In the "Harry Potter" books, Professor Pomona Sprout is Harry's instructor in an herbology class where he learns how to care for magic herbs and fungi. And Pomona blossoms in "Deathly Hallows," as she rises to the challenge of defending Hogwarts against an attack by the Death Eaters.
Clearly, sprouts can do a lot.
Fresh young greens from beans, peas, vegetables, nuts, grains, and seeds — also called sprouts — dish up a robust mix of nutrients including vitamins A, B, C, and K, folic acid, the beneficial phytochemical sulforaphane, and minerals such as phosphorus and magnesium.
They're great added to salads, stir-fries, cold fish dishes, and smoothies.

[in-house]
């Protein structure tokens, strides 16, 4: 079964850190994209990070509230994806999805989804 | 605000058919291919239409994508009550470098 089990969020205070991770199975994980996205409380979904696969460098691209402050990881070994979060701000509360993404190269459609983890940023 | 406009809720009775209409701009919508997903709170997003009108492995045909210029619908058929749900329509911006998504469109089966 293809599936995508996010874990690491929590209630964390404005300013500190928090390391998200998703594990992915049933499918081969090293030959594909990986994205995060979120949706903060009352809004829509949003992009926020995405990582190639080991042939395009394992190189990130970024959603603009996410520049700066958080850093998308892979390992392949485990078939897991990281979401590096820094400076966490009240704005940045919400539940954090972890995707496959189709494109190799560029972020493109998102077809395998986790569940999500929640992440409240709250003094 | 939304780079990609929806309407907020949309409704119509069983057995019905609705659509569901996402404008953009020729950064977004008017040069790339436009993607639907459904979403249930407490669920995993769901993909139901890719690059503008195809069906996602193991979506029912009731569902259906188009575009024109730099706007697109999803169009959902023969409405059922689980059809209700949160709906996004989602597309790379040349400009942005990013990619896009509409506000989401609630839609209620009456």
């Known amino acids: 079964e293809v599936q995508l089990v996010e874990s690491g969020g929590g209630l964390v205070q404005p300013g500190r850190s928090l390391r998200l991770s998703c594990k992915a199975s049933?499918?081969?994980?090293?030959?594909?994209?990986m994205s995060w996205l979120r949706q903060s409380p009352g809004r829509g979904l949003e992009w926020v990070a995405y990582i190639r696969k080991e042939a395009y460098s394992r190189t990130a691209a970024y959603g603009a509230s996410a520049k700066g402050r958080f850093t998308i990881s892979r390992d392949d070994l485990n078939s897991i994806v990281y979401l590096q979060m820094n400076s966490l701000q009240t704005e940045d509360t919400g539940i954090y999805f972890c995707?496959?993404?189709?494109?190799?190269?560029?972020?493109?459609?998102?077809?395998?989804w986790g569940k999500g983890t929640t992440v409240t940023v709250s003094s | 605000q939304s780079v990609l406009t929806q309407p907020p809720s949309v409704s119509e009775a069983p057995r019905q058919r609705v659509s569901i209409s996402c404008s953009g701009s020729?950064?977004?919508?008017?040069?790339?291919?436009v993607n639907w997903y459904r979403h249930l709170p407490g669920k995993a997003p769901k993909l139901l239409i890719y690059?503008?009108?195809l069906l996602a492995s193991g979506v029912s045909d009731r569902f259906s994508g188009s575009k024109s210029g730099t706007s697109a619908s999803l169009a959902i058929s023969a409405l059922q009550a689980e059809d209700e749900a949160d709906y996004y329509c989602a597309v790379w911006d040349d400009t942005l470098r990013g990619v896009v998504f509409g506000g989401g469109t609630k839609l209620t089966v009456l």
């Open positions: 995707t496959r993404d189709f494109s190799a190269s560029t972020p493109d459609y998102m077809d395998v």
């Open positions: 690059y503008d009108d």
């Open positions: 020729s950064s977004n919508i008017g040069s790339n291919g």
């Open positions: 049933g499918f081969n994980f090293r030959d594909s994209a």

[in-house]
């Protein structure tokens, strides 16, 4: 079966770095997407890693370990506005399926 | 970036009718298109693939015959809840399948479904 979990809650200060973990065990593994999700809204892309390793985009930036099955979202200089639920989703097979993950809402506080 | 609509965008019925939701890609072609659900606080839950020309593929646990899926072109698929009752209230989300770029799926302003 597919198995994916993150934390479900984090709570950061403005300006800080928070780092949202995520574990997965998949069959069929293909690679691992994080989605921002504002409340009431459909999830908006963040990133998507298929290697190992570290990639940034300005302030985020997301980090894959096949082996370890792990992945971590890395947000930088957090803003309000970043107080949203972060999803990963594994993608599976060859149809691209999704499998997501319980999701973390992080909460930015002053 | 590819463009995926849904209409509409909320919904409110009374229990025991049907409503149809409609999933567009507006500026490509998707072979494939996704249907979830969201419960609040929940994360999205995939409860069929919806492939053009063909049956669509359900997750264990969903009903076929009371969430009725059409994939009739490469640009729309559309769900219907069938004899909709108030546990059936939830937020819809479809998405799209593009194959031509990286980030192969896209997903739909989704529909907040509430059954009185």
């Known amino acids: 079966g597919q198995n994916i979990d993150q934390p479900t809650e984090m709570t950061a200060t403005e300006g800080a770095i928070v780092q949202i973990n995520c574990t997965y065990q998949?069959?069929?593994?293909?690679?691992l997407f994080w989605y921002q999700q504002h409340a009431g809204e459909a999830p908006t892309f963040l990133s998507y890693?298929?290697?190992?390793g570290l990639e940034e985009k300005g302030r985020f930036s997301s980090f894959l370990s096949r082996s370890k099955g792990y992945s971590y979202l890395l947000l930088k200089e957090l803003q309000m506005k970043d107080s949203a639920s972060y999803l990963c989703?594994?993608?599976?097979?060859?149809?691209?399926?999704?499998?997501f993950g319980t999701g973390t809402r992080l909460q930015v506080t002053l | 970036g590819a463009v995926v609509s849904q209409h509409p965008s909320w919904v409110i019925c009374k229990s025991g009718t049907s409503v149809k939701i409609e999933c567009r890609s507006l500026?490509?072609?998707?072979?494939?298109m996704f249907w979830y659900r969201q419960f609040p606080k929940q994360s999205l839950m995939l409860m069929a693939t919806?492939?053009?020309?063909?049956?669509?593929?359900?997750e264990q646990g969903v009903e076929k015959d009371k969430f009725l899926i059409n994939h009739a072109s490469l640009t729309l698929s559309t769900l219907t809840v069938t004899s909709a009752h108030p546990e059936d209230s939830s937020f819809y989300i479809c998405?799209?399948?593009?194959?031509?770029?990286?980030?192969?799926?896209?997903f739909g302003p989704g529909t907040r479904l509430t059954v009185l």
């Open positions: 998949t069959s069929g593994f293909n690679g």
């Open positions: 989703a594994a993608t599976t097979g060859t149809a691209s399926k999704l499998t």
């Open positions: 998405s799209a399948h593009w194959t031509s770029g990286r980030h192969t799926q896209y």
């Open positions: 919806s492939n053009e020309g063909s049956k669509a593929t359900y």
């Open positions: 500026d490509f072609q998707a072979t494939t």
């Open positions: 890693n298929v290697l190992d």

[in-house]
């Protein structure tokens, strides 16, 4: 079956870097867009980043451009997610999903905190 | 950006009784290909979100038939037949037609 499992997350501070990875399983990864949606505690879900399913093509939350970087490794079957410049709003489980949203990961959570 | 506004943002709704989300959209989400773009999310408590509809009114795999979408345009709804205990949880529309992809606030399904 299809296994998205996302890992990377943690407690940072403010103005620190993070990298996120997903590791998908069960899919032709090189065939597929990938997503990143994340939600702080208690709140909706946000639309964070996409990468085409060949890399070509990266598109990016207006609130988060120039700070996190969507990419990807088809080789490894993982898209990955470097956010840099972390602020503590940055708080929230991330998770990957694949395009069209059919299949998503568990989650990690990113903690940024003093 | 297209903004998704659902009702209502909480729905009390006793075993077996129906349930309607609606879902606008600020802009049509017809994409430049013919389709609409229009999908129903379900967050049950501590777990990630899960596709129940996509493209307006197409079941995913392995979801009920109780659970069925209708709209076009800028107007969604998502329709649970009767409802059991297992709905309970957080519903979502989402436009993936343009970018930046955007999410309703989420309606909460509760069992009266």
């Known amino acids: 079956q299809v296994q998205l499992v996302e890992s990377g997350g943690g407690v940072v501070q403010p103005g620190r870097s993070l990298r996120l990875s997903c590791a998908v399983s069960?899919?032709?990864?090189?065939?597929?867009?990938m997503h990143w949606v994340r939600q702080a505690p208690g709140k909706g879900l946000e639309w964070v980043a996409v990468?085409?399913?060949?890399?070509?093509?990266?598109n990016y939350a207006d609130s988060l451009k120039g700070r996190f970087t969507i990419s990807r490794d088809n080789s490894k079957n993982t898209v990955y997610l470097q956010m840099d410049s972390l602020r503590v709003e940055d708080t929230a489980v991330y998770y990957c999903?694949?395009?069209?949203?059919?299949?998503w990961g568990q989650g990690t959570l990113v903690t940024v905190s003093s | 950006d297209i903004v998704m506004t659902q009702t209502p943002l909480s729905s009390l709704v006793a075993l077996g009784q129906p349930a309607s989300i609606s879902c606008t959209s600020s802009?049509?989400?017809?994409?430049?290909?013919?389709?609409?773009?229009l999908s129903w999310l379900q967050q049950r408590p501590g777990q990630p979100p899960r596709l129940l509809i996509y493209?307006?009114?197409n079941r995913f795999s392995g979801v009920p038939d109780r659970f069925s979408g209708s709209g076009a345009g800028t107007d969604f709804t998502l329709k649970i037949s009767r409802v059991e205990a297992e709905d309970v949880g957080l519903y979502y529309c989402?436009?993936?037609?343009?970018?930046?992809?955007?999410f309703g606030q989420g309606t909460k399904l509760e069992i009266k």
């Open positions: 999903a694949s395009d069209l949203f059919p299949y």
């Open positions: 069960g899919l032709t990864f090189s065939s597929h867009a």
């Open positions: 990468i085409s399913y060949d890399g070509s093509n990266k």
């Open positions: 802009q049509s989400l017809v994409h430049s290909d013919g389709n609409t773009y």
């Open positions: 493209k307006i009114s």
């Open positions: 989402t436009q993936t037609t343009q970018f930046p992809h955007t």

But there's been a lot of news about them transporting foodborne illnesses. From 1996 to July 2016, there were 46 reported outbreaks of foodborne illness in the U.S. linked to sprouts, causing 2,474 illnesses, 187 hospitalizations, and three deaths.
Is it safer to grow them at home than to buy them at a grocery store or farmers market?
According to the Cleveland Clinic, most outbreaks of sprout-related foodborne illness are associated with contaminated seeds, so home-grown sprouts aren't safer.
The surest way to avoid problems is to cook them by stir-frying, steaming, or boiling, although they do lose their texture and some nutrients that way.
Other smart moves when using sprouts in your cooking:
• Store them in your fridge at or below 40 degrees.
• Wash your hands before and after handling.
• Rinse them well before using.
• Never eat slimy, smelly, or musty sprouts; throw them out.